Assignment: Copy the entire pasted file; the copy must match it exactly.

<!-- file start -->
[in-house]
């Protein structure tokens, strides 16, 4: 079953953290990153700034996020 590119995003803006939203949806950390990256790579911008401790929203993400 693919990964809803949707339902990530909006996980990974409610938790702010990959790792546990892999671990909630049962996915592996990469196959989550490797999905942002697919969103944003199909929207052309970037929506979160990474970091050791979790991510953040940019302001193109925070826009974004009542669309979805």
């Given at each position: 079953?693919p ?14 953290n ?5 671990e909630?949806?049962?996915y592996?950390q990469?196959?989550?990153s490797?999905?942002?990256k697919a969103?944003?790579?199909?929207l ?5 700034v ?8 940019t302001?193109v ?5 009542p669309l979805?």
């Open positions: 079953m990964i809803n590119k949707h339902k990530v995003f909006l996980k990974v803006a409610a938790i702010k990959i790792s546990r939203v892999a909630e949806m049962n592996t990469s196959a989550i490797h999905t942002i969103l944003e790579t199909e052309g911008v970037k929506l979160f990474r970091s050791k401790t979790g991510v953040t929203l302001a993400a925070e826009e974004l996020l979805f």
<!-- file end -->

[in-house]
């Protein structure tokens, strides 16, 4: 079953953290990153700034996020 590119995003803006939203949806950390990256790579911008401790929203993400 693919990964809803949707339902990530909006996980990974409610938790702010990959790792546990892999671990909630049962996915592996990469196959989550490797999905942002697919969103944003199909929207052309970037929506979160990474970091050791979790991510953040940019302001193109925070826009974004009542669309979805």
């Given at each position: 079953?693919p ?14 953290n ?5 671990e909630?949806?049962?996915y592996?950390q990469?196959?989550?990153s490797?999905?942002?990256k697919a969103?944003?790579?199909?929207l ?5 700034v ?8 940019t302001?193109v ?5 009542p669309l979805?």
């Open positions: 079953m990964i809803n590119k949707h339902k990530v995003f909006l996980k990974v803006a409610a938790i702010k990959i790792s546990r939203v892999a909630e949806m049962n592996t990469s196959a989550i490797h999905t942002i969103l944003e790579t199909e052309g911008v970037k929506l979160f990474r970091s050791k401790t979790g991510v953040t929203l302001a993400a925070e826009e974004l996020l979805f």